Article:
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As a young child, I learned to play chess at school. I remember picking the game up quickly with some of my classmates, and the best thing about it was that we enjoyed it without such tedious tasks as memorizing openings and which king moves won and lost in a pawn endgame. It was just fun.
One thing I did memorize, however, was a rule not commonly used today. As I was taught, it was required that one say 'Check' when one's move attacked the enemy King. It was also required, though, to say 'garde' when one's move attacked the enemy Queen. Unlike 'Check', the warning of 'garde' could be ignored, but it did ensure that we learned ways of ensnaring and capturing the enemy queen, and not just winning her on an oversight.
Today, even 'Check' is commonly dispensed with in OTB games, some people thinking that it is mildly insulting that such an obvious position would even need to be pointed out. The warning of 'garde' I have not heard in over 25 years, and most players I have asked have never even heard of it. Still, it always struck me as somewhat chivalrous to afford your enemy the opportunity to avoid disaster and to win through strong play rather than an opponent's tactical blunder, so I did some research and found this definition:
En garde is a French phrase meaning 'on guard'. Used to warn a fencer to assume the position preparatory to a duel, or to warn an opponent in chess that their queen is threatened.
Another posting, this from Wikipedia (which we all know is never wrong ):
In friendly games, the checking player customarily says "check" when making a checking move. Announcing "check" is not required under the rules of chess and it is usually not done in formal games. Less commonly (and obsolete), the warning garde can be said when a player directly attacks the opponent's queen in a similar way. This was mostly abandoned in the 19th century (Hooper & Whyld 1992:74). The same move can be both check and garde simultaneously.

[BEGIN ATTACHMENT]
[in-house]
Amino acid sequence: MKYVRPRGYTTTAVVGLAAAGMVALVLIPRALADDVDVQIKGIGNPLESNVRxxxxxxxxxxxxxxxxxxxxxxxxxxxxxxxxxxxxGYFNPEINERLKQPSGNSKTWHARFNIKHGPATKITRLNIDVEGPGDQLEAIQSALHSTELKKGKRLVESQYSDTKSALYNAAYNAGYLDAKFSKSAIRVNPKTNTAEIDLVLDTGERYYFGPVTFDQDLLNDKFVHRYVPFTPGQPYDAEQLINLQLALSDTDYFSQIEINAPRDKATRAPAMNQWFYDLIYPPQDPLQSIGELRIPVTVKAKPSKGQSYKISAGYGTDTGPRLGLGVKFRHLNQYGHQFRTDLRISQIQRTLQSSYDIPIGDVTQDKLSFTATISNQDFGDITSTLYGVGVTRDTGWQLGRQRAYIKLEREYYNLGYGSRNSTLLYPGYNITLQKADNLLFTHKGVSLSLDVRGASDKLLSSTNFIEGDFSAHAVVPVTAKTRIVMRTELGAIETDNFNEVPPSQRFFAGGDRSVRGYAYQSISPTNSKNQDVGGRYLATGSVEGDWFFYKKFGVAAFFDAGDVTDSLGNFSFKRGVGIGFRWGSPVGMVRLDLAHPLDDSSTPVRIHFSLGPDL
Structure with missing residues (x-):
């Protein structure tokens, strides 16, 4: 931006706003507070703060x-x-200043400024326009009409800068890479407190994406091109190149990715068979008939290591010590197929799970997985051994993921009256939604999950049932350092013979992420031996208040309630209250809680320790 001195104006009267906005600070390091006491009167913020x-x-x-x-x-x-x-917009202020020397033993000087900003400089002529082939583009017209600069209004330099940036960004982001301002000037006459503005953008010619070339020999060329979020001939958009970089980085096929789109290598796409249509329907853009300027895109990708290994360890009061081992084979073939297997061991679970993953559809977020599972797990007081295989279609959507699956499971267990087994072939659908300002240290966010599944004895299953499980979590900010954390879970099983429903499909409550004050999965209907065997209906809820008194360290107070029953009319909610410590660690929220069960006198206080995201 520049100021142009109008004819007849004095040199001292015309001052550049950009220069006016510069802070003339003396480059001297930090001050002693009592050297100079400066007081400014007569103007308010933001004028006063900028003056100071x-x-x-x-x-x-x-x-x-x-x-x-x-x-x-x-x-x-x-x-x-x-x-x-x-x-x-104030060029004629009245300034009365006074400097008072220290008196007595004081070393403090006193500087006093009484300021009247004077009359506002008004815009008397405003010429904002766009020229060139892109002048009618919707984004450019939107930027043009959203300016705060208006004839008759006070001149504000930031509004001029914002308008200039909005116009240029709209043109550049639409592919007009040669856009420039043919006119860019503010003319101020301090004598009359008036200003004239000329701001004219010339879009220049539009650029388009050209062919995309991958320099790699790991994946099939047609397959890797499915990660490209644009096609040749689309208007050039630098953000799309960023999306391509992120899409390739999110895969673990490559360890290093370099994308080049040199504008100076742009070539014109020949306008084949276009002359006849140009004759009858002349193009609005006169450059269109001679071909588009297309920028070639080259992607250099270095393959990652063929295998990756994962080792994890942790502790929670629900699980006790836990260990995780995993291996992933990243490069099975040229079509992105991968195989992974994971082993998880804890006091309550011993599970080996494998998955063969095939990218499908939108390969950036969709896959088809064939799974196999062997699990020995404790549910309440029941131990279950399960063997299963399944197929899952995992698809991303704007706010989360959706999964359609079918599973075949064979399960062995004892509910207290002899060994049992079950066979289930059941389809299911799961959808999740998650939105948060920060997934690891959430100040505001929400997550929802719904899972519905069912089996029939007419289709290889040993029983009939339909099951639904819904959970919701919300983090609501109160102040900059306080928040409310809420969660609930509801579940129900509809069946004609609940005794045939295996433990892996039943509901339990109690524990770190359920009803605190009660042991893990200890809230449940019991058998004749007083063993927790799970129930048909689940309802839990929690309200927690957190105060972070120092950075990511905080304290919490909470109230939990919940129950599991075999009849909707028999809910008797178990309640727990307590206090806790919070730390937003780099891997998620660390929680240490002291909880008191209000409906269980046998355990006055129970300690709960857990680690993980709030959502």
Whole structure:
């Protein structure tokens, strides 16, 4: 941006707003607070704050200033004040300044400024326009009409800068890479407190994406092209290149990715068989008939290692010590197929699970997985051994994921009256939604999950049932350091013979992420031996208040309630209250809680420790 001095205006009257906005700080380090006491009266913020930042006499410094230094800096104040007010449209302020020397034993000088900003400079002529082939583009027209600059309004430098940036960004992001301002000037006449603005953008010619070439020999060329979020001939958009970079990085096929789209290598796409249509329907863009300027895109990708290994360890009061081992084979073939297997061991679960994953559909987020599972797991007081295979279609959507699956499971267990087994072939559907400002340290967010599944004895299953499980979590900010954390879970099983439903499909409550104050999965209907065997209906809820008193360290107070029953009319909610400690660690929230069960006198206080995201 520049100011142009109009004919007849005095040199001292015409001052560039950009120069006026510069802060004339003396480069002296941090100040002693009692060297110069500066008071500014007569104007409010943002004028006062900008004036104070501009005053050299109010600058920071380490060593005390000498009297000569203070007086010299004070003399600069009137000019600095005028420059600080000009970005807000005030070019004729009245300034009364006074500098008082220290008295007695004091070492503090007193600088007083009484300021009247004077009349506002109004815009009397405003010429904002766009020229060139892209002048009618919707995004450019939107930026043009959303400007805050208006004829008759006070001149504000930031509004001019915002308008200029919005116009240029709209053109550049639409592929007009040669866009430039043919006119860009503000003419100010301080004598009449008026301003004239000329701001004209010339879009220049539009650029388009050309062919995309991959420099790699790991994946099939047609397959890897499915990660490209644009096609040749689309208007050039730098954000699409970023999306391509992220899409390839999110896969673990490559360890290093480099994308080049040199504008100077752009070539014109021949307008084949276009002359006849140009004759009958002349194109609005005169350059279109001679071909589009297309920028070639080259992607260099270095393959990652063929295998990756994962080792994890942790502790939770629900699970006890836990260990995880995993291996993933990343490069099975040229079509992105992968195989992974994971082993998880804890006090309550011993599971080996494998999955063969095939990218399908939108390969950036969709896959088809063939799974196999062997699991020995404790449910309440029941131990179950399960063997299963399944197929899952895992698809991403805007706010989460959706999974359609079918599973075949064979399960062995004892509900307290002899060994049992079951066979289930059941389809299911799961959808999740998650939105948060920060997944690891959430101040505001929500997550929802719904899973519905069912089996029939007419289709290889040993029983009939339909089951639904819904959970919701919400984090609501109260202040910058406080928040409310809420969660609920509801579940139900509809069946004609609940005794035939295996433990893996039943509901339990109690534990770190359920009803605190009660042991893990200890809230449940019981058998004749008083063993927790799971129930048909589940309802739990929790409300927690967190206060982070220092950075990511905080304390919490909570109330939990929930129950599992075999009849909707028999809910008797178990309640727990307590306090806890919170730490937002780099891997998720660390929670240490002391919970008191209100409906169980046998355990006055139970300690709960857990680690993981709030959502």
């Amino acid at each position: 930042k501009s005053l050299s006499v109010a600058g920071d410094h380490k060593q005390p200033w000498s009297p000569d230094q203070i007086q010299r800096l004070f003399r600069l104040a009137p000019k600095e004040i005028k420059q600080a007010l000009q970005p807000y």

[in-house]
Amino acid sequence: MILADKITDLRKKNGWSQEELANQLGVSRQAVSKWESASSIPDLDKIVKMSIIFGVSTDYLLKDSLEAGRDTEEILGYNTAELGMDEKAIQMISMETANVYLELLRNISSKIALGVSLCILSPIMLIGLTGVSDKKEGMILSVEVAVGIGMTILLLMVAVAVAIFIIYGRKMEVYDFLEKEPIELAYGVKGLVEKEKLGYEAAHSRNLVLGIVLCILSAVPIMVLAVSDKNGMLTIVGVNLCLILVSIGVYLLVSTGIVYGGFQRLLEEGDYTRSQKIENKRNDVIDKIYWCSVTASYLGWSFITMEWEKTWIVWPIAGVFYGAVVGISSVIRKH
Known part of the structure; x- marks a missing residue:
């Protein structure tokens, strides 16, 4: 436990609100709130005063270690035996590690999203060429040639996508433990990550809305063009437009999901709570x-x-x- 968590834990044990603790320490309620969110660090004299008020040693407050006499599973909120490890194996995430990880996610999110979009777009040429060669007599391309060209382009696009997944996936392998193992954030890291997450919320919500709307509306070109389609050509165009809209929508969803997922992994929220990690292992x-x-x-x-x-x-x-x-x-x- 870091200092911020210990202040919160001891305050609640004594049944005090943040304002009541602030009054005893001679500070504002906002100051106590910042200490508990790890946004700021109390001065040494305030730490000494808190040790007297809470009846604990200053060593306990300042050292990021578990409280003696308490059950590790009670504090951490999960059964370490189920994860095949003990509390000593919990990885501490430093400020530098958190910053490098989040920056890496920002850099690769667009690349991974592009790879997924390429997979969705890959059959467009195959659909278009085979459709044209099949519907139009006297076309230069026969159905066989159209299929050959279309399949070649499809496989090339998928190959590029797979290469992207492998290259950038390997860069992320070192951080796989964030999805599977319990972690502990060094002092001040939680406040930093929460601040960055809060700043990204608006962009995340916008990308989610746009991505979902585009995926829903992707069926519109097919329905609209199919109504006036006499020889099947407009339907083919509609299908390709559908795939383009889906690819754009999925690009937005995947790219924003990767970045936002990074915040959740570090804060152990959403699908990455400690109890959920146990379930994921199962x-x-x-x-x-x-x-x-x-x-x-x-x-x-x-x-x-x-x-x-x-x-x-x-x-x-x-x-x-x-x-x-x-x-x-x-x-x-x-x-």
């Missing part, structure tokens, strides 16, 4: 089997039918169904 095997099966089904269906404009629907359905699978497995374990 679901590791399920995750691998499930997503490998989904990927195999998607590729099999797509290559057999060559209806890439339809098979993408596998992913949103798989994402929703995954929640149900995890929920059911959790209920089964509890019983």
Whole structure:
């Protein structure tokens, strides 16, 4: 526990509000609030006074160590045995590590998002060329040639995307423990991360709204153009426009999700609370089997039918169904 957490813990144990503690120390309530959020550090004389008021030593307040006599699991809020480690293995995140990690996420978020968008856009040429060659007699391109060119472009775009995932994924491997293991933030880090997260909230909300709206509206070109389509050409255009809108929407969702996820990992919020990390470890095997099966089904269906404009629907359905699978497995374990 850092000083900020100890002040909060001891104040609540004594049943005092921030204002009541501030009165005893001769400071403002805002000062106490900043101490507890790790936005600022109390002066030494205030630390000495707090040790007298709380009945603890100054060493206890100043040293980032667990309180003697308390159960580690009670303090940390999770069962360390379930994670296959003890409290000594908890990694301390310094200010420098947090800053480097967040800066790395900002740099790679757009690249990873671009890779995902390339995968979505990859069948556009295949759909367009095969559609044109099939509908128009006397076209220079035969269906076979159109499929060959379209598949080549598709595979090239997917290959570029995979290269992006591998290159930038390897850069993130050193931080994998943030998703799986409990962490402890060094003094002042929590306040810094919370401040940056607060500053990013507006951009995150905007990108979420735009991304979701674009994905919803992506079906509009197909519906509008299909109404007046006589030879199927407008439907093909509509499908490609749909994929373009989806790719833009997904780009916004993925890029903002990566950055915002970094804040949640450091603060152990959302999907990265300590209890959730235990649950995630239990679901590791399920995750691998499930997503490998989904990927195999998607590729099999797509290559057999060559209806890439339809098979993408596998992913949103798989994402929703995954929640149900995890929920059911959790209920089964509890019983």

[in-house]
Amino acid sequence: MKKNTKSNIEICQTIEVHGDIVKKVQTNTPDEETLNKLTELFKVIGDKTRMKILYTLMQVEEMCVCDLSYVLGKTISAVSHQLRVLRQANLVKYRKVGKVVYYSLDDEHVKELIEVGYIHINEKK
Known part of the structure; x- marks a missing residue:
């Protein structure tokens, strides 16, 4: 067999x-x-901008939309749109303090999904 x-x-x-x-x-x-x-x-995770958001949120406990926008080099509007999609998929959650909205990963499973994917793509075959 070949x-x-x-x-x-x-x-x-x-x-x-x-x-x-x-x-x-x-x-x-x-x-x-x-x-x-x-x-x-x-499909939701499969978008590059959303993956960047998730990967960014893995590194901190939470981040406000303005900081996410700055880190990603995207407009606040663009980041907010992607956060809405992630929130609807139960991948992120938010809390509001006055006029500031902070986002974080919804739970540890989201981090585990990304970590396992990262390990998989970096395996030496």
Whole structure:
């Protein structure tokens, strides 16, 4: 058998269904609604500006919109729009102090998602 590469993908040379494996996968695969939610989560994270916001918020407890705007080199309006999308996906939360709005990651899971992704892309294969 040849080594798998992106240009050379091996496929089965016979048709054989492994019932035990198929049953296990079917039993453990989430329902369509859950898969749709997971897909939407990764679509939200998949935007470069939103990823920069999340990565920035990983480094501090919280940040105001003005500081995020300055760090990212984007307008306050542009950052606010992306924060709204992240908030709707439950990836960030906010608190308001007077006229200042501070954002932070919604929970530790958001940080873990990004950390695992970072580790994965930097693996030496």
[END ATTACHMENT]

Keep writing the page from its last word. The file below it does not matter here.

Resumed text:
So, apparently garde is dead for the last hundred years and check is dying. What say you all; is this a good or a bad thing? Do you put the onus on your opponent to notice his precarious position and claim unconditional victory if he fails to do so? Or do you warn your opponent about his potential blunders and then feel even better when you beat him anyway, winning because you've given him no chance to escape your snare, warned or otherwise?
Personally, I like the idea of garde. To me, it's the equivalent of allowing your opponent to pick up his weapon if he drops it during a duel. To be sure, your victory is much more assured if you simply chuckle at his plight as you stab him through the heart, but I just couldn't take the same satisfaction from striking someone who is unarmed, especially if I had nothing to do with disarming him.
Oh good, a new thread on the same topic! I guess we have the terminology and background info now, though.
My opinion remains the same. Garde is even less important than saying check. I never, ever say check, because I feel it too obvious to be pointed out to my opponent. (It could even be considered patronising!) If my opponent fails to see that my piece is attacking their queen, then, as far as I'm concerned, they simply don't deserve to beat me.
Nytik, I get your wink and I'm glad you posted. I started the new thread for two reasons; the title on the old one was misleading (and spelled wrong) and the purpose of the thread is different. The other one was just to gather information, and it did that. The purpose here is discuss what you've shared; whether it's a good rule or not.
Check this out.
My dad taught me chess. In our games, we announce check, and when the queen is threatened we announced "on guard." It was all in gentlemen respect, not to demean each other. I never played more than two people on the board in real life before playing here, and I would totally understand why doing things might be disrespectful. We aren't anywhere close to being experienced players but both of us are 1700 players online just playing between us and not other skilled players. Therefore, you don't have to be a complete novice to announce check, but I understand that in a real tourney you wouldn't announce this. After playing chess here, we have stopped announcing check and on guard to each other.